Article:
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Build More Houses: How And Not Why Is The Problem.

An issue that been casting a long dark shadow over Westminster since June is the Grenfell Tower disaster and what led to the tragedy occurring. It throws a despondent light on the state of public housing procurement and the implementation of building regulations through the entire UK.

Furthermore, calls to build (or renovate) more suitable affordable accommodation for sale or rent in areas of high housing demand continue to grow particularly in the South East of England and other large conurbations such as Manchester or Glasgow.

What shall be the government’s reaction and how can the construction industry respond effectively? These two questions are fraught with difficulties and riddled with interconnected restrictions and vested interests.

Government involvement in regulation and financing for public and private provision of housing will become the next big electoral battleground at all levels of government. It is a belter of a policy area which is politically up for grabs to the most competent policies and the winner will take all.

Whoever promotes the most successful policies will win election – Ruth Davidson is already promoting building new towns in Scotland (BBC, 2017). There is a definite demand from the millennial generation as high house prices and stagnant salaries have stopped many from affording even the deposit required, never mind a mortgage many times their salary.

The Conservative government is constrained by its NIMBY voters in the shires. The new old Labour party may favour nationalisation of key contractors or housebuilders which would increase costs to the public purse. However pursuing housing provision through local authority control using land available to them for redevelopment with streamlined planning consent may help get the initiative going.

If it’s so obviously needed and such a vote winner, what is the problem?

The sad answer is a complex mix of money, land, planning regulations and vested interests of industry incumbents and those NIMBY voters.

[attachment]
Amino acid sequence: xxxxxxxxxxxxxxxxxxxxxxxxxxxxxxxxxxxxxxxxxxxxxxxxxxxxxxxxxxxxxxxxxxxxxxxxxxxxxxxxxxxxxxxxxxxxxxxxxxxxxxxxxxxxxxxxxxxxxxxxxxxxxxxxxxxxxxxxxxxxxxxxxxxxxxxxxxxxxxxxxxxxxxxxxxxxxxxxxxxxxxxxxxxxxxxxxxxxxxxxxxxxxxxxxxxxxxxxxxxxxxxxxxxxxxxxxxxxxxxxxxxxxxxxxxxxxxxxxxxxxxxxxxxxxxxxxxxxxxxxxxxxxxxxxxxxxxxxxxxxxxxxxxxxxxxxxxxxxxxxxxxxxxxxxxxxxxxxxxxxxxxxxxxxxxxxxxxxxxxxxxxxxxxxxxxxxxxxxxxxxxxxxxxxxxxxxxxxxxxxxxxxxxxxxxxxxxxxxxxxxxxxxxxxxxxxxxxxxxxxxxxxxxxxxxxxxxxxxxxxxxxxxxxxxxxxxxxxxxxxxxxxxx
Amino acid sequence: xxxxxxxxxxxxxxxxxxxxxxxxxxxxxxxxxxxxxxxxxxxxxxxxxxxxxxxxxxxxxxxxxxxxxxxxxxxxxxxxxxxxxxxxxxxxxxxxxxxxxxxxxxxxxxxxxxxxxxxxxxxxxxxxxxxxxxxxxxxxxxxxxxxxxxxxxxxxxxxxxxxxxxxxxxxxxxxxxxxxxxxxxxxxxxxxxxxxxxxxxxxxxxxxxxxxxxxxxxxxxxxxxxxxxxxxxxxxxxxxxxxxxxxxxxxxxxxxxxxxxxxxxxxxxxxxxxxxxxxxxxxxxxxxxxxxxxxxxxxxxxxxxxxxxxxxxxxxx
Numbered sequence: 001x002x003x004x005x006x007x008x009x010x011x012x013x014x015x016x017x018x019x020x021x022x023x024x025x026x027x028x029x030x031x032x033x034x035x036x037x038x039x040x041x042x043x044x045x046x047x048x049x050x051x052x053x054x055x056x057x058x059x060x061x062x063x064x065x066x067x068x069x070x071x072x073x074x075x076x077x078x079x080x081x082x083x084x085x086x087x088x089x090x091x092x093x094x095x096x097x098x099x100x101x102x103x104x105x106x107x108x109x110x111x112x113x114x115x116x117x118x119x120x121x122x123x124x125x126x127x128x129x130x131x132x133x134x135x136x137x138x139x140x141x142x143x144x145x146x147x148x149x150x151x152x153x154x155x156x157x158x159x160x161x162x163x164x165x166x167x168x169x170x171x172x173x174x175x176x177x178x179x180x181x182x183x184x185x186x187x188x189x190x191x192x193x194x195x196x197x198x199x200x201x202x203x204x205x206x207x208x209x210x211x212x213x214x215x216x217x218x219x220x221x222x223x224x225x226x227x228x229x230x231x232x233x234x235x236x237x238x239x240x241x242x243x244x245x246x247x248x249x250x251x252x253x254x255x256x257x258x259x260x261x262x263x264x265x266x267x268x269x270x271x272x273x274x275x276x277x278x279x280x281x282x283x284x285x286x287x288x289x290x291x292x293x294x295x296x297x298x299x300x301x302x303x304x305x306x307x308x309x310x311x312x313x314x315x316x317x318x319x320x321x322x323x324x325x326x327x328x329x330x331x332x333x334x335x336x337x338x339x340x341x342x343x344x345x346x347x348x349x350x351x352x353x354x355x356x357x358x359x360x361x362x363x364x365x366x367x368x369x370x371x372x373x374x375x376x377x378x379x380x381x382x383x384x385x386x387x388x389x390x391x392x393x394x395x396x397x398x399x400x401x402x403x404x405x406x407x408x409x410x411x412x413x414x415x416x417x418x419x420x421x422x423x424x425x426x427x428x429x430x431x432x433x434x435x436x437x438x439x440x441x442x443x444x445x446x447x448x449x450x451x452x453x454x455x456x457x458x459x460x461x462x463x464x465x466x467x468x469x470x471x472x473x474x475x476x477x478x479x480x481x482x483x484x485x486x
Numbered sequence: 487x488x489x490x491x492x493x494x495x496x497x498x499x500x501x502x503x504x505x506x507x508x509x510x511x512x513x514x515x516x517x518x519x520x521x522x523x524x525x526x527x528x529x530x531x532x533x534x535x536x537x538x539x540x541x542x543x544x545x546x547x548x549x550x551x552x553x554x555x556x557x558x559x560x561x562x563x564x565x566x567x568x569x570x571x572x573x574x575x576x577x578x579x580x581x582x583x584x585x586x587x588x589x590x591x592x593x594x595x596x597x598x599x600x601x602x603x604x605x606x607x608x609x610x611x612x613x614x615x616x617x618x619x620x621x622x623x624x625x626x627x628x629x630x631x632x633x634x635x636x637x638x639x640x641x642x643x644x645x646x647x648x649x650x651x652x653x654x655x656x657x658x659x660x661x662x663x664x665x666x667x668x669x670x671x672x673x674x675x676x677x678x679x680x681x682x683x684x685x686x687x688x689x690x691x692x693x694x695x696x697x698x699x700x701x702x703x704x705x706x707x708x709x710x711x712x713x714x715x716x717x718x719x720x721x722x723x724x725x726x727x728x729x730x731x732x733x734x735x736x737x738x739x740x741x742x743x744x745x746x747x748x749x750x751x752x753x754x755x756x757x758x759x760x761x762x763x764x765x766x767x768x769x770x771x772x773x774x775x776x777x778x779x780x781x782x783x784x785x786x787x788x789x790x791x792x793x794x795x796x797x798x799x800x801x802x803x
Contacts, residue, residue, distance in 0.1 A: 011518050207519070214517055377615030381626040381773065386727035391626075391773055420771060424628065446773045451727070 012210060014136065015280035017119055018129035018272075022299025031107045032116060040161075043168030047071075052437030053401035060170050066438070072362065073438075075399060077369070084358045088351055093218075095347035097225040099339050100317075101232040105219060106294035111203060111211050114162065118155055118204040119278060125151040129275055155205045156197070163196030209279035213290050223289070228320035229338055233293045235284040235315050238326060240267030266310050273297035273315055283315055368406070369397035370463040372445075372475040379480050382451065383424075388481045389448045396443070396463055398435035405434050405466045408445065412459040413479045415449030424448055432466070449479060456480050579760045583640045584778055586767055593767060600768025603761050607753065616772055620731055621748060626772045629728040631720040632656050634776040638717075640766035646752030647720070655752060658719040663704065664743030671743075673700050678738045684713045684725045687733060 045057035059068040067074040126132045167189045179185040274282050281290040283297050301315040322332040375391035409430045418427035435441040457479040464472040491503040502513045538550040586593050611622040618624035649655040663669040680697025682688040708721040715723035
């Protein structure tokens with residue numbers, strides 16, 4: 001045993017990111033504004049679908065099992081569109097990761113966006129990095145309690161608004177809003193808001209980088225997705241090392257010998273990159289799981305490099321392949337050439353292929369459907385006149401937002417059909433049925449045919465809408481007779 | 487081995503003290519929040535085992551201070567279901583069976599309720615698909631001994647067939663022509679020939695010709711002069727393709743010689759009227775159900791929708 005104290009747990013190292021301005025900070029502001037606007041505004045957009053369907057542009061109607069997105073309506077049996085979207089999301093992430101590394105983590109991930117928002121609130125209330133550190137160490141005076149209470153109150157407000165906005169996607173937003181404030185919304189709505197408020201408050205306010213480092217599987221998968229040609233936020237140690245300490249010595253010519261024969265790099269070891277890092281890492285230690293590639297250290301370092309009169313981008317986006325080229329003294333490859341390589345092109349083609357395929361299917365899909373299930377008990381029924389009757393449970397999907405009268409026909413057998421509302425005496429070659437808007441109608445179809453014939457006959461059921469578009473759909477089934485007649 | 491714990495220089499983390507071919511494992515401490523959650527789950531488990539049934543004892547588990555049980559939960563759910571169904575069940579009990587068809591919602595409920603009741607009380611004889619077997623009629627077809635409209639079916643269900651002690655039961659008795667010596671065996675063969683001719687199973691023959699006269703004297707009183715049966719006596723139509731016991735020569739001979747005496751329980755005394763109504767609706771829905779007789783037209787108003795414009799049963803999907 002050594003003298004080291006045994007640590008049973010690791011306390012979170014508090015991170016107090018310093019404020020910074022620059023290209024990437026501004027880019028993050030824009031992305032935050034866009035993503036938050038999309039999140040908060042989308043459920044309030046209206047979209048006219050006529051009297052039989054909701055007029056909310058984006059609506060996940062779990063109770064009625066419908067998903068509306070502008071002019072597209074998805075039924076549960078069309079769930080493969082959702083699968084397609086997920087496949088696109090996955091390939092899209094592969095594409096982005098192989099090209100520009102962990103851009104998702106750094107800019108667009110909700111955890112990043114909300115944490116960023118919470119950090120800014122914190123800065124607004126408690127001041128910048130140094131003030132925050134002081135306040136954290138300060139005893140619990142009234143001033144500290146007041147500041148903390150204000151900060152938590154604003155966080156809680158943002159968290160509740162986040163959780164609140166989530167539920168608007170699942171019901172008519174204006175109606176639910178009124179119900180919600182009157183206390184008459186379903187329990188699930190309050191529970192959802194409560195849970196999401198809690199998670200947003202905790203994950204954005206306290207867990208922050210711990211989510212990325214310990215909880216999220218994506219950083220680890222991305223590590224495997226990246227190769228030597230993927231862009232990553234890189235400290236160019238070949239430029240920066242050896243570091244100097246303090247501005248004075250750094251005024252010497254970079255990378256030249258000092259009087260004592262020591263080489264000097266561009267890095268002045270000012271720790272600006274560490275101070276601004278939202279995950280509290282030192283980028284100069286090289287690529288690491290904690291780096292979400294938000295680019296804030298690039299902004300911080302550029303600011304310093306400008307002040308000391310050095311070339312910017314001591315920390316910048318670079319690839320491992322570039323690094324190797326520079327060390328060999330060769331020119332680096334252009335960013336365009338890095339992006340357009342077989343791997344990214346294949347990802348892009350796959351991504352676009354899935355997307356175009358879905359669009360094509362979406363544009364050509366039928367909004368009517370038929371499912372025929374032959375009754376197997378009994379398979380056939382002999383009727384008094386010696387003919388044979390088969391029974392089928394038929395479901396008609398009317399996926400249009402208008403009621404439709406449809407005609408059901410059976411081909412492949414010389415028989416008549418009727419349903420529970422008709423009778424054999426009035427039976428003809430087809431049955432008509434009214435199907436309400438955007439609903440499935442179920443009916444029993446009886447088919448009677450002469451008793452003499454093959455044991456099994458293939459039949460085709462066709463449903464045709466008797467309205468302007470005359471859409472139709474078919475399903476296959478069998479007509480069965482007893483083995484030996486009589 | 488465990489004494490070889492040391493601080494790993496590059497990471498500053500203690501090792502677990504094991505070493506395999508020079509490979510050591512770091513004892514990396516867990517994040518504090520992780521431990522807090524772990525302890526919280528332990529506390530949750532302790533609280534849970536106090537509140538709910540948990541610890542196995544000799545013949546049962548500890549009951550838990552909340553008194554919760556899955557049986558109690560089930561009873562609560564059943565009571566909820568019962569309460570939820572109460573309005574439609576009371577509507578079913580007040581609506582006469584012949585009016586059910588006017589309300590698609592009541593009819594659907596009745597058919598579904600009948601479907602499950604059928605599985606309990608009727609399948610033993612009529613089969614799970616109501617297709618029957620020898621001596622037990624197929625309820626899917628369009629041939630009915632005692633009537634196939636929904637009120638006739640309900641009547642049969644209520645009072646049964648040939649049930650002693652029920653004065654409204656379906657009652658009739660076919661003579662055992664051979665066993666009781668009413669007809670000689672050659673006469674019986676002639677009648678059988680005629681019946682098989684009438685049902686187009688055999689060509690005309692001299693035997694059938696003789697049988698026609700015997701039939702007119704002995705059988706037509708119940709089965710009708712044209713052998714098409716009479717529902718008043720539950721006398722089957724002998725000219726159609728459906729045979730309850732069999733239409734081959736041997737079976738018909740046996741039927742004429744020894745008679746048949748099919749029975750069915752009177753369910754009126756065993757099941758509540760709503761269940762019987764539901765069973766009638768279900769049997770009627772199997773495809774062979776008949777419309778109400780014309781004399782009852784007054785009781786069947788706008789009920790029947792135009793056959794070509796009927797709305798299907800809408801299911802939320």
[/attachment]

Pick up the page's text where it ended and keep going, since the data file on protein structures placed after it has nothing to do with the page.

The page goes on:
Notwithstanding a construction industry with a lack of capacity in material production such as brick making or skilled operatives/professionals required to manage and produce a huge increase in housing volumes to make a difference to the waiting list and market prices.

Large UK contractors like Carillion and Interserve are unfortunately in a poor financial state presently to be considered as preferred lead contractors. Other companies including foreign contractors may be willing but it is a big risk to bear unless the government shoulders the responsibility for material specification and allows for costs rising over a public construction programme when resources become scarce.

Private house-builders have just received a further £10 billion help from the government in their help-to-buy programme to 2021. The cheap equity loans do help create new homes however critics claims it helps private builders’ profits too. The issue of land banking to maintain profits of incumbent house builders helps restrain the number of completions and prices (and profits) rising at public expense.

The role of private housebuilders and quasi-public/private housing associations will continue to add to the provision of new homes but not enough by their own efforts, and certainly not from the 1960s onwards. This may please the anti-development lobby claiming environmental degradation but doesn’t help those who are homeless.

Planning restrictions will need to be eased. It may require building on green-belt land around the areas of highest demand with enough land released for development from local authorities or government departments with redundant or excess assets. Permissions will need to be streamlined by councils or central government resources deployed to reduce staff shortages. Finances will need to be raised- a quantitative easing programme for houses. It may indeed raise interests rates too as inflation may rise as a consequence.

Architectural design and construction supervision needs to improve to avoid shoddy built and quick to degenerate housing stock using inadequate materials. Here lies some of the biggest challenges as effective supervision are hard to enforce with temporary contract labour or an industry lack of spending on material research.

Materials tend to be composites from scrap or pulp compresses or extrusions using heating, gluing or stapling and plastics derived from oil. Concrete uses much energy to produce and isn’t bio-degradable but it’s an old and very versatile material with some proper imagination this time round perhaps a new revival could be achieved.

The challenges are wide ranging but the pressing social needs are there to provide housing in numbers not seen since the post-war years. The rewards are there too for politicians, financiers and construction professionals and workers. Maybe then the residents of Grenfell Tower needless deaths may have some address as so far there’s been little improvement since June.


References –
BBC News Scotland; (2017), “Ruth Davidson says Scotland ‘should build more new towns’, BBC UK, website accessed 3rd October 2017:

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